Technical Paper

Motor Oil Thickening - A CLR Engine Test Procedure Which Correlates with Field Service

Information relative to oil thickening has been developed in road tests. Typical operating temperatures, as well as the length of time required to thicken oils in these tests, are described. A laboratory test procedure has been developed that shows a good degree of correlation with this field service. The effect of test conditions such as jacket temperature and piston ring design on oil thickening in the laboratory are described.
Technical Paper

Modeling of ASTM Sequence IIIE Piston Ring Land Deposit Formation

Piston ring land deposit formation is a key performance criterion in the ASTM Sequence IIIE engine test. Because engine testing of lubricant formulation variables is expensive, a ring land deposit bench test was developed replicating the Sequence IIIE bulk oxidation and deposit formation mechanisms. Following an initial bulk oxidation of the candidate oils, deposits similar in chemical composition and morphology to Sequence IIIE ring land deposits are produced in a modified panel coker apparatus. Good correlation with the ASTM Sequence IIIE engine test has been established. Lubricant additive and base oil effects on oxidation control and deposit formation have been investigated. Their influences on lubricant formulation strategy are discussed.
Technical Paper

Maximizing the Effectiveness of Water Blended Fuel in Reducing Emissions by Varying Injection Timing or Using After-Treatment Device

Water-emulsified diesel fuel technology has been proven to reduce nitrogen oxides (NOx) and particulate matter (PM) simultaneously at relatively low cost compared to other pollution-reducing strategies. While the mechanisms which result in these reductions have been postulated, the development of new analytical tools to measure in-cylinder soot formation using optically accessible engines can lead to a deeper understanding of combustion and the chemical and physical mechanisms when water is present during combustion. In this study, an optically accessible single cylinder engine was used to study how water brought into the combustion chamber via an emulsified fuel changes the combustion process and thereby reduces emissions. In-cylinder measurements of relative soot concentrations were used to determine the effect of water-emulsified fuel on soot formation.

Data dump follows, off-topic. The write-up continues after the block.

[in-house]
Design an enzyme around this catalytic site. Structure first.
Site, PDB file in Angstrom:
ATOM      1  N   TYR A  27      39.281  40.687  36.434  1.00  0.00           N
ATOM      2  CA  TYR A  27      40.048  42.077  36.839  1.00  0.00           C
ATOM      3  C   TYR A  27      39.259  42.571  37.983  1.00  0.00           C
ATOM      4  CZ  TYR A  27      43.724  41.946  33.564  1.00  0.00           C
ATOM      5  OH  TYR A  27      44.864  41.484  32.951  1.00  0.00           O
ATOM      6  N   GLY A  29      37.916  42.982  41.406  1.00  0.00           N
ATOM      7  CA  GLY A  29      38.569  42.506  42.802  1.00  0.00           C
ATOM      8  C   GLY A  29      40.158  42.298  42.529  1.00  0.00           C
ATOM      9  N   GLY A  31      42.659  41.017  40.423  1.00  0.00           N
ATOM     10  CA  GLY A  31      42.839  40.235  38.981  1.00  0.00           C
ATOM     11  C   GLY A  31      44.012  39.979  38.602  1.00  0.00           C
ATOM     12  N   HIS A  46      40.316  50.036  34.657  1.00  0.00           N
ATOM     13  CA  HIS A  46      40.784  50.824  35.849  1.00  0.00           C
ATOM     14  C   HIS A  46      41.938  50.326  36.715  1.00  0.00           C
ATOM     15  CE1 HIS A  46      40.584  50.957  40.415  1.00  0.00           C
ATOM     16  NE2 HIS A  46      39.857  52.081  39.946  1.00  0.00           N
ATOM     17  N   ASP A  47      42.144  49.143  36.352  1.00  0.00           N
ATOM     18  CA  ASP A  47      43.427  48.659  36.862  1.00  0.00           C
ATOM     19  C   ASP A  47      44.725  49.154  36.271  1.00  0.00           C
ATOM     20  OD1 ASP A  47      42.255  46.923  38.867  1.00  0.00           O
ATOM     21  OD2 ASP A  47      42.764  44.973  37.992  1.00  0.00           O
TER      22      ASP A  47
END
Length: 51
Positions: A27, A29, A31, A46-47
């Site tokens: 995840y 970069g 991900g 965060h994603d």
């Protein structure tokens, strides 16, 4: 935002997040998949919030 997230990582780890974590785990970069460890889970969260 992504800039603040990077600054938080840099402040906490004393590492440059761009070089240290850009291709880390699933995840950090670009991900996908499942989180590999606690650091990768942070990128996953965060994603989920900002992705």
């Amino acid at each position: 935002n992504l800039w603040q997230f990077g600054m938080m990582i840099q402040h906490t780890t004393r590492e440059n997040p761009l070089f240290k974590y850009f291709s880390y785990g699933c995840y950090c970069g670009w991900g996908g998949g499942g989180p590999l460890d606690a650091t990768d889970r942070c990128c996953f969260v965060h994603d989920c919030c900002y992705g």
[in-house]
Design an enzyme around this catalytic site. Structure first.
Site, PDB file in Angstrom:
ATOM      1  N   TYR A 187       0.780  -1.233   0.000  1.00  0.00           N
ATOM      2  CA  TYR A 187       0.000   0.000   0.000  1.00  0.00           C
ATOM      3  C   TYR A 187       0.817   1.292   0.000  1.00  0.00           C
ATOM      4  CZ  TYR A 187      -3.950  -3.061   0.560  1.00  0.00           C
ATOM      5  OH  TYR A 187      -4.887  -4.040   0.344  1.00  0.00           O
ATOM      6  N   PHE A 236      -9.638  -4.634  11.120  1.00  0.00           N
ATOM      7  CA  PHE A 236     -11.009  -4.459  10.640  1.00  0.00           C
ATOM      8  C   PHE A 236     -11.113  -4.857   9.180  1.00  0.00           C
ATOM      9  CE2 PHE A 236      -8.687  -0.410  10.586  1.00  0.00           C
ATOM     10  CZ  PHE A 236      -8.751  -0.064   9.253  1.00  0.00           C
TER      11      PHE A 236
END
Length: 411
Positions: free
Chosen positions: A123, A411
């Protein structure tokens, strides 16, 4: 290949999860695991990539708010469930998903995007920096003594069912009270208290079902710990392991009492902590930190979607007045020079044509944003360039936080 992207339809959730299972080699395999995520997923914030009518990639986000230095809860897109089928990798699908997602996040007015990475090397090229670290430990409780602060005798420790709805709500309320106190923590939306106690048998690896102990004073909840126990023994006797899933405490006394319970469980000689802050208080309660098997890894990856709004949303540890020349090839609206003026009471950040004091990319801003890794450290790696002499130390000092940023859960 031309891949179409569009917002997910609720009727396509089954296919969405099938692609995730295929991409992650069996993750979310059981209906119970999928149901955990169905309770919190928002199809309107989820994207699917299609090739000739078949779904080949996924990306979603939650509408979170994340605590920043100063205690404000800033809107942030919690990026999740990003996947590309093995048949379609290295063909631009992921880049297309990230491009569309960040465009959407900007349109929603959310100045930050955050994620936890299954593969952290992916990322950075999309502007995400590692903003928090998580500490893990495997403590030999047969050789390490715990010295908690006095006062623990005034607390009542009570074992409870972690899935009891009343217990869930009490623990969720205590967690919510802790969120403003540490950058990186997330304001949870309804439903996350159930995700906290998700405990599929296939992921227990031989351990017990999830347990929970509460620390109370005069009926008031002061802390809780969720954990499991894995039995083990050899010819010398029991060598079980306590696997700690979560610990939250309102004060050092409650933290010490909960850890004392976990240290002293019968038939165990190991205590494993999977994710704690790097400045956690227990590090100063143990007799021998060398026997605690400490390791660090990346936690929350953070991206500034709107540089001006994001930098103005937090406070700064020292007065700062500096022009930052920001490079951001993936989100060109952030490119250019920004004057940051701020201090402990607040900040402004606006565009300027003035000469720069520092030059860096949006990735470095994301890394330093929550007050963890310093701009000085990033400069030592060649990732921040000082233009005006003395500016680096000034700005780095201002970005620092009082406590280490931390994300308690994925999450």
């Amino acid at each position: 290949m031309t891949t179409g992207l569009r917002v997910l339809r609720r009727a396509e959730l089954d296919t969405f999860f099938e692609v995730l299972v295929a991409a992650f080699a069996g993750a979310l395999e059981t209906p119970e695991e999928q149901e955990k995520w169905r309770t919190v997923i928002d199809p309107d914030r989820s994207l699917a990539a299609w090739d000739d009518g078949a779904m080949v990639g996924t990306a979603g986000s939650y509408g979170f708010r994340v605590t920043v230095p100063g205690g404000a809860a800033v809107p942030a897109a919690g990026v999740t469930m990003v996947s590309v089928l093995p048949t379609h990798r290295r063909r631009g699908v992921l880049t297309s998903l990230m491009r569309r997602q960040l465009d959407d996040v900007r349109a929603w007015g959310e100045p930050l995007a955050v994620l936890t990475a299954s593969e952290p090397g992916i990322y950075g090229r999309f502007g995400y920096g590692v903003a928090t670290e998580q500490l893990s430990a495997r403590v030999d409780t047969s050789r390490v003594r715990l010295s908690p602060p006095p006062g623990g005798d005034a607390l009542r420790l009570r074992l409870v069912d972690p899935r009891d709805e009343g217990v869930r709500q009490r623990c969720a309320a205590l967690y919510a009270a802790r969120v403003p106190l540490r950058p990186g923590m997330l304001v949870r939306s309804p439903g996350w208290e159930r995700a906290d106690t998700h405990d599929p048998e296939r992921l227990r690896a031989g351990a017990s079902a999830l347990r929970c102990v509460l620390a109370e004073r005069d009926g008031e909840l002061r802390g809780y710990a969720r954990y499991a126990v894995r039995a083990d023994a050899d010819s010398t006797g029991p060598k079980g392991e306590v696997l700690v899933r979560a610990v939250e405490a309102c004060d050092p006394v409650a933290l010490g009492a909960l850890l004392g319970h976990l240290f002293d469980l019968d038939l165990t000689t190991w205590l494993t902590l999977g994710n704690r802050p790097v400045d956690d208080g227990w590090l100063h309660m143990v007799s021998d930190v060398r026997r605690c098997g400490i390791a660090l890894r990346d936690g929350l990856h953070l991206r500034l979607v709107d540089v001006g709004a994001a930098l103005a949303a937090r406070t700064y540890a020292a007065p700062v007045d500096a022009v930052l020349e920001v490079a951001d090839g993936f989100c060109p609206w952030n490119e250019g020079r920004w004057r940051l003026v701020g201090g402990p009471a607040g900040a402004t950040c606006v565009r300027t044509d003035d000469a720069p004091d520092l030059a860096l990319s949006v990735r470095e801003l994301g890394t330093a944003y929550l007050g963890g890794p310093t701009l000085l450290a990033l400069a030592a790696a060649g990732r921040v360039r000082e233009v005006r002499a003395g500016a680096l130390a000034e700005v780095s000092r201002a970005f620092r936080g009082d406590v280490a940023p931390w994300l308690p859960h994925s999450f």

Technical Paper

Maintaining Diesel Fuel Performance at Lowest Cost with Fuel Additives

Multifunctional additives can compensate for lower quality diesel fuel. Performance and quality have been decreasing worldwide. This has resulted largely from increased use of heavier crude oils and more severe processing to achieve necessary fuel product mix. Fuel additives provide the refiner and marketer with an economic approach to restoring performance and quality. Additives can be formulated to solve many problems related to deposits and wear, which are major factors affecting engine power, economy, emissions and durability. They are of critical importance to the vehicle owner/ operator to maintain dependability and low operating cost. At the same time, the refiner benefits economically through the use of lower cost crudes, greater operational flexibility and ease of adjusting final fuel blends to meet specifications. Typical additive components include: detergent dispersants, inhibitors, stabilizers, cetane improvers, and flow improvers.
Technical Paper

Low Viscosity Oil Studies and the Influence of Radial Clearance on Bearing Distress in a 3.8L Engine

Classical journal bearing equations predict the function of oil flow in dissipating heat, thereby governing the effective viscosity of the lubricant in bearings. From this perspective, experimental dynamometer tests explored low speed, high load, high temperature, operation of four low viscosity oils. Test length was 48 hours using a 3.8L V-6 engine under steady state and cyclic conditions. With a 1.4 cP HTHSR viscosity oil the bearing distress appeared dependent on connecting rod bearing clearances serving to govern rate of oil flow through the main bearings. Front and rear main bearings exhibited severe overheat-distress. This was related to the design of the oil distribution system in the crankshaft. A severe cyclic acceleration test showed little bearing distress. Significant distress occurred only with an SAE 5W viscosity grade. SAE 5W-30 and 5W-40 multigrades showed no abnormal wear. Results were interpreted in terms of high temperature, high shear rate rheology of the test oils.